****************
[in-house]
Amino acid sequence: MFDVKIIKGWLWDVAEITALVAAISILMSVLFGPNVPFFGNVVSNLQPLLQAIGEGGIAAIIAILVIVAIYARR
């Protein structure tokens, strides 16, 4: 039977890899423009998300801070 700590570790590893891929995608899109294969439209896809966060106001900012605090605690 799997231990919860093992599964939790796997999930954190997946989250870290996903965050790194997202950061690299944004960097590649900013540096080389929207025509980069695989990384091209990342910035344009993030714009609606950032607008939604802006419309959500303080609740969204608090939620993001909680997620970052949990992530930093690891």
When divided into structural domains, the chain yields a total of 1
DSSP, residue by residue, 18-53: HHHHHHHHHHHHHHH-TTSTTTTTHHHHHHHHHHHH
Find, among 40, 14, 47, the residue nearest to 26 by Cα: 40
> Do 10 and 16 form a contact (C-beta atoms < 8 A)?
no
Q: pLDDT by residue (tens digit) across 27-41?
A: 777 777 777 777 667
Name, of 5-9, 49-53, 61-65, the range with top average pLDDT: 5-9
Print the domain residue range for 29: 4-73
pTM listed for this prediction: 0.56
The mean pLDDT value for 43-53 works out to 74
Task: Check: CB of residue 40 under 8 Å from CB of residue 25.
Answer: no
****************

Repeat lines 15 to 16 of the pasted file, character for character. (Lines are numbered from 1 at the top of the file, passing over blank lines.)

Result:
Task: Check: CB of residue 40 under 8 Å from CB of residue 25.
Answer: no